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Testing Offshore Waters

Prepared by: Lee Hudson Teslik
May 14, 2007

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Data from the last five years reveals a remarkable increase in “offshoring”—the shift of business operations across national boundaries to friendlier economic environments. According to the consulting firm McKinsey, offshore business operations tallied between $32 billion and $35 billion as a global industry in 2002. By 2008, McKinsey says they will be worth over $100 billion.

Within the United States, this drift tends to spark vehement protectionist sentiment, particularly among sectors like manufacturing that are highly susceptible to job shifts. A new Backgrounder examines the American healthcare system, which relies heavily on U.S. companies, increases their operating costs, and handicaps their global competitiveness. General Motors, for instance, estimates healthcare costs alone increase the ticket price of every automobile it makes by $1,500. Fears that companies will simply relocate to avoid such competitive burdens also run high within the information technology (IT) business, which has already seen significant job losses—though BusinessWeek notes other factors like task automation may in fact be more responsible for lost IT jobs than offshoring.

Besides job-loss fears, the most commonly cited critique of offshoring is that loose regulatory standards might enable illicit activity, from tax evasion to money laundering to terror financing. An article in the International Monetary Fund’s magazine, Finance & Development, looks at the role offshore financial centers, or OFCs, can play enabling illicit schemes (PDF) given their freedom from traditionally accepted international supervisory standards. An Economist special report on offshore finance seeks to dispel some of these concerns, saying initiatives to stamp out these kinds of crime are welcome but that broader fears about OFCs are overblown. The report’s author, Joanne Ramos, defends offshore centers in this podcast, arguing the added financial and tax competition they create far outweigh their costs.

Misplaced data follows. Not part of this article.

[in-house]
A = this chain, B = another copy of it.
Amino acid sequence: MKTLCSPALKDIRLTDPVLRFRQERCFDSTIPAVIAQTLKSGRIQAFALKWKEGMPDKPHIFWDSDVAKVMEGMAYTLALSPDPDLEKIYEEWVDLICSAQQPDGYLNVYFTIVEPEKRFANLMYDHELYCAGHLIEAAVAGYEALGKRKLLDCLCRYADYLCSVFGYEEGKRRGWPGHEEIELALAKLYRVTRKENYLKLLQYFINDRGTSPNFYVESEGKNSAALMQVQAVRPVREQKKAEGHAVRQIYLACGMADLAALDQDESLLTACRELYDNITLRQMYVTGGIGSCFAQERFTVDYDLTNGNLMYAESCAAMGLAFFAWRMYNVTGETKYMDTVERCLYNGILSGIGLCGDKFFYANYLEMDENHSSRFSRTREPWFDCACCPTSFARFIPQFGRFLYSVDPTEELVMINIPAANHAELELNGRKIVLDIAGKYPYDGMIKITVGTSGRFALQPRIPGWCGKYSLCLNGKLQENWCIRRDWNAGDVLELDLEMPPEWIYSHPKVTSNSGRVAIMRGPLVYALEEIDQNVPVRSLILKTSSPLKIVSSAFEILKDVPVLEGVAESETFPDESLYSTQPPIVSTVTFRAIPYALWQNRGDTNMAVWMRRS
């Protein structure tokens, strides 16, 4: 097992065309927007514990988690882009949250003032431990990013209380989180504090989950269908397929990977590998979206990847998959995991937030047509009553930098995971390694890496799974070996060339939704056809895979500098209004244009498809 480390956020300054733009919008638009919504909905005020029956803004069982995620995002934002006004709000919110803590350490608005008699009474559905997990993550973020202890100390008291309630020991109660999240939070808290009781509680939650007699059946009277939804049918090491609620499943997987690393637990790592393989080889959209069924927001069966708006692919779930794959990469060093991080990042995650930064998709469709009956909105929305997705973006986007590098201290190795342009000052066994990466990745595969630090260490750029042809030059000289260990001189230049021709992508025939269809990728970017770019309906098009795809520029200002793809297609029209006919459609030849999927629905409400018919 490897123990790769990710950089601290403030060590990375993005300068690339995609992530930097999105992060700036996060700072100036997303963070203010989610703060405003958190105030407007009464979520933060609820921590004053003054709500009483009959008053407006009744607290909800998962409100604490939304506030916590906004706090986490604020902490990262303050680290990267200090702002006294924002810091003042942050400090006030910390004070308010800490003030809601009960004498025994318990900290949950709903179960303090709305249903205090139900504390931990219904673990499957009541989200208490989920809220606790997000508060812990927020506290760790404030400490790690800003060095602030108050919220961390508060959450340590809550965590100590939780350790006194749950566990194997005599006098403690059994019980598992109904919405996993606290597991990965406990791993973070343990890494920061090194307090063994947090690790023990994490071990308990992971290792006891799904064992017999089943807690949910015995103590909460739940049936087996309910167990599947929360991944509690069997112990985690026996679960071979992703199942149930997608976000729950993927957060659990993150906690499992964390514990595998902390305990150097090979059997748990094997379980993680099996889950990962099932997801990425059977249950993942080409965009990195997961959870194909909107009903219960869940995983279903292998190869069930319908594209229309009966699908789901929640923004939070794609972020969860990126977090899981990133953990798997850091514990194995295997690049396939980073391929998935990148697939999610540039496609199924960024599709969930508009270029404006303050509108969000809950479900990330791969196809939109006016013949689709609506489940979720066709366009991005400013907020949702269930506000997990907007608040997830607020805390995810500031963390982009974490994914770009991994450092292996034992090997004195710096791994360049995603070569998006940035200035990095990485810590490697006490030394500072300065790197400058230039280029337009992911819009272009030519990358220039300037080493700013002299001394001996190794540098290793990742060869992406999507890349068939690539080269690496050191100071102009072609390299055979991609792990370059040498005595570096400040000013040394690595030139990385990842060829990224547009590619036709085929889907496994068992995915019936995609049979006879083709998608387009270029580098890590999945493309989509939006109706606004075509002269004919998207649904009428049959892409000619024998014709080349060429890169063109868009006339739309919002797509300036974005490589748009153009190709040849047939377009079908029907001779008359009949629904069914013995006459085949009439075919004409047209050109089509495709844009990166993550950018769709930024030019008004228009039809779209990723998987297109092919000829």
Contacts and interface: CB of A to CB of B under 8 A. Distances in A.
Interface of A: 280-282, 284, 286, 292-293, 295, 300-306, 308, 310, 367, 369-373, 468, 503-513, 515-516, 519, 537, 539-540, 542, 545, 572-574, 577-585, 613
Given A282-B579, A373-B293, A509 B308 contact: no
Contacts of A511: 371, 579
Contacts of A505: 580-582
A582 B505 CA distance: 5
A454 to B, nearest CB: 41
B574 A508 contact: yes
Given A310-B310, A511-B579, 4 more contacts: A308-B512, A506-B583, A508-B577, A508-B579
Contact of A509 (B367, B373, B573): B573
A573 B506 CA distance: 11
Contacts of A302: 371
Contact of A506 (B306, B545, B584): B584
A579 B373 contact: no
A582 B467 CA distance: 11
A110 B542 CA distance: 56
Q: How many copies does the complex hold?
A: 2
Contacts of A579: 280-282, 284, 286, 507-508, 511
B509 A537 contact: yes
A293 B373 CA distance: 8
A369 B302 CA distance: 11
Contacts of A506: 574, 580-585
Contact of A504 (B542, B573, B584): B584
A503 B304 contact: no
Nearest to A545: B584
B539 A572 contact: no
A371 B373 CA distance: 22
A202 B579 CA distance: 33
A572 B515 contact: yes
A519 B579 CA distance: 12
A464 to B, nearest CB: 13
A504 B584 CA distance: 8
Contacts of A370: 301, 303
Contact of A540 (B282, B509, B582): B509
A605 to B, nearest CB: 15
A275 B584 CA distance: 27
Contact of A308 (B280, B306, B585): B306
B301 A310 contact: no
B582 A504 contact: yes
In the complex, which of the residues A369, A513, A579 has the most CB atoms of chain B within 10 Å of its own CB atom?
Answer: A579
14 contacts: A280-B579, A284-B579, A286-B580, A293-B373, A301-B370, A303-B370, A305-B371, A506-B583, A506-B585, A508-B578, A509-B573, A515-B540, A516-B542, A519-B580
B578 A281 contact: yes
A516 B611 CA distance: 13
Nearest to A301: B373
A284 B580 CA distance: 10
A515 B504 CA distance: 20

Offshoring also sets off heated debate among economists. Alan S. Blinder, a former vice chairman of the U.S. Federal Reserve and self-termed “free trader down to my toes,” sparked ire with observations on the potential effects of offshoring. In March 2006, Blinder published a Foreign Affairs article arguing mainstream economists dramatically underestimate the potential consequences of offshoring on U.S. businesses and workers. More recently, writing in the Washington Post, he called offshoring “the biggest political issue in economics for a generation.” Blinder cites the addition of 1.5 billion new workers to the world job market and the development of new technologies allowing service jobs to be “electronically deliverable.” The consequences for American workers, he writes, could be “large, lengthy and painful,” despite bigger-pie-for-everyone reassurances from other economists.

Many of Blinder’s peers balked. N. Gregory Mankiw, a Harvard economist and former chairman of President George W. Bush’s Council of Economic Advisers, criticizes Blinder for failing to note that offshoring is a two-way street. Offshored jobs, Mankiw writes, are “equally onshorable.” But CFR’s Matthew J. Slaughter, another former member of the president’s Council of Economic Advisers, recently commended Blinder for challenging conventional thinking, adding that the issue of offshoring is dissolving traditional distinctions between technology and trade.

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